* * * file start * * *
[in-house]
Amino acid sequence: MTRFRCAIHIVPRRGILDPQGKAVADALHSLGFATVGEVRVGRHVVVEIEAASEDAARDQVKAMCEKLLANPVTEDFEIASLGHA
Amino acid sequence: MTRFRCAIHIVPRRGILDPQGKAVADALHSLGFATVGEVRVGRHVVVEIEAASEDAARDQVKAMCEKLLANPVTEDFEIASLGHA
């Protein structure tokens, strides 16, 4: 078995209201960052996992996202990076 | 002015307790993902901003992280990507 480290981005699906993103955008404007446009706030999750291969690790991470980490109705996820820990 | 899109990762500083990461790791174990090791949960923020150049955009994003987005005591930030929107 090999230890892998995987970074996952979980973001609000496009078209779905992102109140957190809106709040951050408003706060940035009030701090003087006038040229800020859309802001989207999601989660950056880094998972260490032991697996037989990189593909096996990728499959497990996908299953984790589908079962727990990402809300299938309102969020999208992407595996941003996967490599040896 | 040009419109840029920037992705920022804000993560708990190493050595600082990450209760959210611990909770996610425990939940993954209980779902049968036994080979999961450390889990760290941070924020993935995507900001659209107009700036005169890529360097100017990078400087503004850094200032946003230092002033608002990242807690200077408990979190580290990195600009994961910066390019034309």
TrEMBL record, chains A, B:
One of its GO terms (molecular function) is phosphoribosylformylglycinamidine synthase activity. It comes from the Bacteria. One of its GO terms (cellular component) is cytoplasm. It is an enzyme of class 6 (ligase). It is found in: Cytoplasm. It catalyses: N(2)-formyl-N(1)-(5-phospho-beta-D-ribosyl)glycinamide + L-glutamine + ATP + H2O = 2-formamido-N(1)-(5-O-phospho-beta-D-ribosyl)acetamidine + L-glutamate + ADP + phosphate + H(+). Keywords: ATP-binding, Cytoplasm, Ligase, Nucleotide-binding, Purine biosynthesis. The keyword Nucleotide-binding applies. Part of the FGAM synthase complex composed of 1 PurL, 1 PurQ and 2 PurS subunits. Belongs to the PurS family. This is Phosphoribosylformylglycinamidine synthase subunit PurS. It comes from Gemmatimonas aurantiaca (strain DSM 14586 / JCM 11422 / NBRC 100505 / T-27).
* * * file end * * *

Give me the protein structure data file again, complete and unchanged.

[in-house]
Amino acid sequence: MTRFRCAIHIVPRRGILDPQGKAVADALHSLGFATVGEVRVGRHVVVEIEAASEDAARDQVKAMCEKLLANPVTEDFEIASLGHA
Amino acid sequence: MTRFRCAIHIVPRRGILDPQGKAVADALHSLGFATVGEVRVGRHVVVEIEAASEDAARDQVKAMCEKLLANPVTEDFEIASLGHA
């Protein structure tokens, strides 16, 4: 078995209201960052996992996202990076 | 002015307790993902901003992280990507 480290981005699906993103955008404007446009706030999750291969690790991470980490109705996820820990 | 899109990762500083990461790791174990090791949960923020150049955009994003987005005591930030929107 090999230890892998995987970074996952979980973001609000496009078209779905992102109140957190809106709040951050408003706060940035009030701090003087006038040229800020859309802001989207999601989660950056880094998972260490032991697996037989990189593909096996990728499959497990996908299953984790589908079962727990990402809300299938309102969020999208992407595996941003996967490599040896 | 040009419109840029920037992705920022804000993560708990190493050595600082990450209760959210611990909770996610425990939940993954209980779902049968036994080979999961450390889990760290941070924020993935995507900001659209107009700036005169890529360097100017990078400087503004850094200032946003230092002033608002990242807690200077408990979190580290990195600009994961910066390019034309």
TrEMBL record, chains A, B:
One of its GO terms (molecular function) is phosphoribosylformylglycinamidine synthase activity. It comes from the Bacteria. One of its GO terms (cellular component) is cytoplasm. It is an enzyme of class 6 (ligase). It is found in: Cytoplasm. It catalyses: N(2)-formyl-N(1)-(5-phospho-beta-D-ribosyl)glycinamide + L-glutamine + ATP + H2O = 2-formamido-N(1)-(5-O-phospho-beta-D-ribosyl)acetamidine + L-glutamate + ADP + phosphate + H(+). Keywords: ATP-binding, Cytoplasm, Ligase, Nucleotide-binding, Purine biosynthesis. The keyword Nucleotide-binding applies. Part of the FGAM synthase complex composed of 1 PurL, 1 PurQ and 2 PurS subunits. Belongs to the PurS family. This is Phosphoribosylformylglycinamidine synthase subunit PurS. It comes from Gemmatimonas aurantiaca (strain DSM 14586 / JCM 11422 / NBRC 100505 / T-27).